CLEMSON — When in Rome, Dabo Swinney did what the Romans do; take Italy in with a passion for life, food, history, the arts.
And without talking much about college football.
Which might give Clemson one more little edge as the Tigers go into the 2019 season as defending national champs.
“Amazing,” Swinney said Tuesday of his 11-day European vacation last month. “I mean it was just a life-changing experience for me. I’ve never been out of the country. I’ve been to the Bahamas. I did get to go to Toronto. That’s kind of attached to America, right?”
Clemson football with two national titles in the last three seasons is on a roll. Or, as athletic director Dan Radakovich said Tuesday while channeling Carly Simon, “These are the good old days.”
Still, few major college coaches can find the time to squeeze an international trip into a ridiculously crowded calendar. Most are glad to do what Clemson defensive coordinator Brent Venables and family just did, enjoy a Rocky Mountain National Park vacation.
But Swinney, 49, seems hooked, buoyed by his experiences in France and Italy and eager to share. A stamped passport might add to an unusually well-rounded resume that includes an MBA and commercial real estate sales experience.
Added perspective is good for any CEO, even those at the top.
Kathleen Swinney gets credit for this idea. Dabo’s energetic wife began aiming for such a grand adventure a few years ago, timing the trip to coincide with the couple’s 25 anniversary.
She made sure the passenger list included the three Swinney boys — Will and Drew, Clemson football players, and Clay, a Daniel High School student. And Dabo’s mother and step-dad and Kathleen’s parents. Her father, a geography professor, offered expertise.
“It’s just phenomenal to see Rome,” Swinney said at Clemson’s annual Media Day. “To see Florence.”
A year ago, he would have been talking about a recruiting trip to Rome, Ga., and a Prowl and Growl speaking at the Florence Civic Center.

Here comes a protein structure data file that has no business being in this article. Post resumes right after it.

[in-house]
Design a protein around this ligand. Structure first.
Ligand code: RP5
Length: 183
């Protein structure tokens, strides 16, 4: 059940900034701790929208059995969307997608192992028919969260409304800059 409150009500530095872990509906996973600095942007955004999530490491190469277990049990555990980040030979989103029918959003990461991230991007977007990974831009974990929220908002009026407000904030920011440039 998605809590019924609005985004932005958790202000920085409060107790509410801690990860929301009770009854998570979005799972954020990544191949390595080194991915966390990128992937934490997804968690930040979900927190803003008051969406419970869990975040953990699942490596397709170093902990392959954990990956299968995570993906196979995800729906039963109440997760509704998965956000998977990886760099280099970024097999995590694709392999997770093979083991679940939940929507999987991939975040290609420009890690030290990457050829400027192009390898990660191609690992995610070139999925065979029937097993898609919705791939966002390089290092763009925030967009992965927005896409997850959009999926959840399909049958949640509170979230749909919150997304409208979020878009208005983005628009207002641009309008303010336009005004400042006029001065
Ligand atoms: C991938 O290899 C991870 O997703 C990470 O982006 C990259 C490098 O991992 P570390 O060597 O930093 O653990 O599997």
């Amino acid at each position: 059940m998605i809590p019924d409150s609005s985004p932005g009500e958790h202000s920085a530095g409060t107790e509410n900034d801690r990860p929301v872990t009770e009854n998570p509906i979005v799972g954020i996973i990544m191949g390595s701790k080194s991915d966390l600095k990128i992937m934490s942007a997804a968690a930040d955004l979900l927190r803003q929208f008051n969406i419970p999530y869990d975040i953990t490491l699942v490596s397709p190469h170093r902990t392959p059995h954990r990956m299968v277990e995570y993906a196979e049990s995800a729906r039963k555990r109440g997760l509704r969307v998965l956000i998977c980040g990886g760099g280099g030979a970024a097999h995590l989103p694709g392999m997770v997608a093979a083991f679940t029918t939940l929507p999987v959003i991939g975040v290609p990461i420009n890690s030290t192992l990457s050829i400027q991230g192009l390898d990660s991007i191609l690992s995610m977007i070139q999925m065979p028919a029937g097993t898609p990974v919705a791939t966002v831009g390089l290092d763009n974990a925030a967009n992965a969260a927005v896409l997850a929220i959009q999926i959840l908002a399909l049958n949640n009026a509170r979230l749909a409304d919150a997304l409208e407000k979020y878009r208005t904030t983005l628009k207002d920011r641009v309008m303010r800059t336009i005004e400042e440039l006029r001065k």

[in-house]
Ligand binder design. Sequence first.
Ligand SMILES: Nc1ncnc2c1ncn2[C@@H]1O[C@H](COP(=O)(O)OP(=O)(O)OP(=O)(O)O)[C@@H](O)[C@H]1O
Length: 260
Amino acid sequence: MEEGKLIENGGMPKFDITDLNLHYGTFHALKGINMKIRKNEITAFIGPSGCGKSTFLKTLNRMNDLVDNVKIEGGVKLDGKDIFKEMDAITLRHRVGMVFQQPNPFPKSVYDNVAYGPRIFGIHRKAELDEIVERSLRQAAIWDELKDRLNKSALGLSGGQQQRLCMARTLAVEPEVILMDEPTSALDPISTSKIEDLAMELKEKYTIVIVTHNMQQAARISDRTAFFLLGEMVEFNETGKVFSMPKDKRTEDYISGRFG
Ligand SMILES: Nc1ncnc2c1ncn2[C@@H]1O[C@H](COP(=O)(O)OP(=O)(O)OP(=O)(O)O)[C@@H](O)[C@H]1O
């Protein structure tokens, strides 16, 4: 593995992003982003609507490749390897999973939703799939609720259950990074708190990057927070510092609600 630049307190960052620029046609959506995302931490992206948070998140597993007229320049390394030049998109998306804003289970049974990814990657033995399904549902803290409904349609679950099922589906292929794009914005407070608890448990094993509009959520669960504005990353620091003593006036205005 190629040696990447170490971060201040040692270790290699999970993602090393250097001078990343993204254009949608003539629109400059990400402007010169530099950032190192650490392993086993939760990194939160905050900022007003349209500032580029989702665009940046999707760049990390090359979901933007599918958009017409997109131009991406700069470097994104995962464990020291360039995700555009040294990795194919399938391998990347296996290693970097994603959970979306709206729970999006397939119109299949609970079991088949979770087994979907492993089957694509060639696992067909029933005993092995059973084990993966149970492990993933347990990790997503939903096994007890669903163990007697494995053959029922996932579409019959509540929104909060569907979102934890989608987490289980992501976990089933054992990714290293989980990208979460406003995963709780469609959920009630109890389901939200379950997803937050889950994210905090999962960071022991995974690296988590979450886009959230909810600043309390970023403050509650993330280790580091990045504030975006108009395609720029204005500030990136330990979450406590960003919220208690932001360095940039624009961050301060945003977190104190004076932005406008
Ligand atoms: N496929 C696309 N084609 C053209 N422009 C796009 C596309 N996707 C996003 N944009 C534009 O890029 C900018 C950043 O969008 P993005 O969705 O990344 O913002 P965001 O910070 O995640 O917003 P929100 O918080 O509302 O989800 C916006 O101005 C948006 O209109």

This time, the itinerary included Portofino. Also the French Riviera, St. Tropez and Cannes.
“Euro Dabo” could be a great reality series, starting with the Italian job.
“I mean, they have chairs older than America there,” Swinney said.
And to think, before the trans-Atlantic flight, Swinney thought Charleston was old.
Of course, the nation’s most famous sports facility got major attention.
“Just to see how things were built and crafted all these years ago,” Swinney said. “To go to the Colesseum, which was built in year 80.”
By contrast, Clemson’s Death Valley opened as Memorial Stadium in 1942, or almost 2,000 football seasons later.
“It’s fascinating to me to see how smart people had to be, architecturally,” Swinney said. “And the engineering. They didn’t have CAD (computer-aided design) machines and computers. How about power? They didn’t have that.”
Roman Empire and Clemson
Heisman Trophy odds for Trevor Lawrence and Travis Etienne rarely came up in discussions at other tables at Italian restaurants.
But, yes, Swinney was recognized a few times.
He was asked to sign some autographs, though nothing like a trip to the Wal-Mart in Anderson.
Of course, there were the typical touristy moments. Among the Swinney’s many photos is the obligatory shot of Dabo holding up the leaning tower of Pisa.
Perhaps most fascinating, Swinney said, was the contrast of cultures within Italy.
“It’s almost like South Carolina and Georgia (being) different countries (with) different languages,” he said.
What a country.
What a positive impact on Clemson in the summer of 2019.
After the Swinneys established a beachhead, Brad Brownell’s Clemson basketball team went to Italy and won the World University Games, culminating with a gold medal victory over Ukraine on July 11.
Alas, Swinney knows the once dominant Roman Empire eventually crumbled. As will Clemson’s football stranglehold on the ACC, someday.
But probably not before the Swinney family gets many more summer opportunities to tour the non-college football world.
Follow Gene Sapakoff on Twitter @sapakoff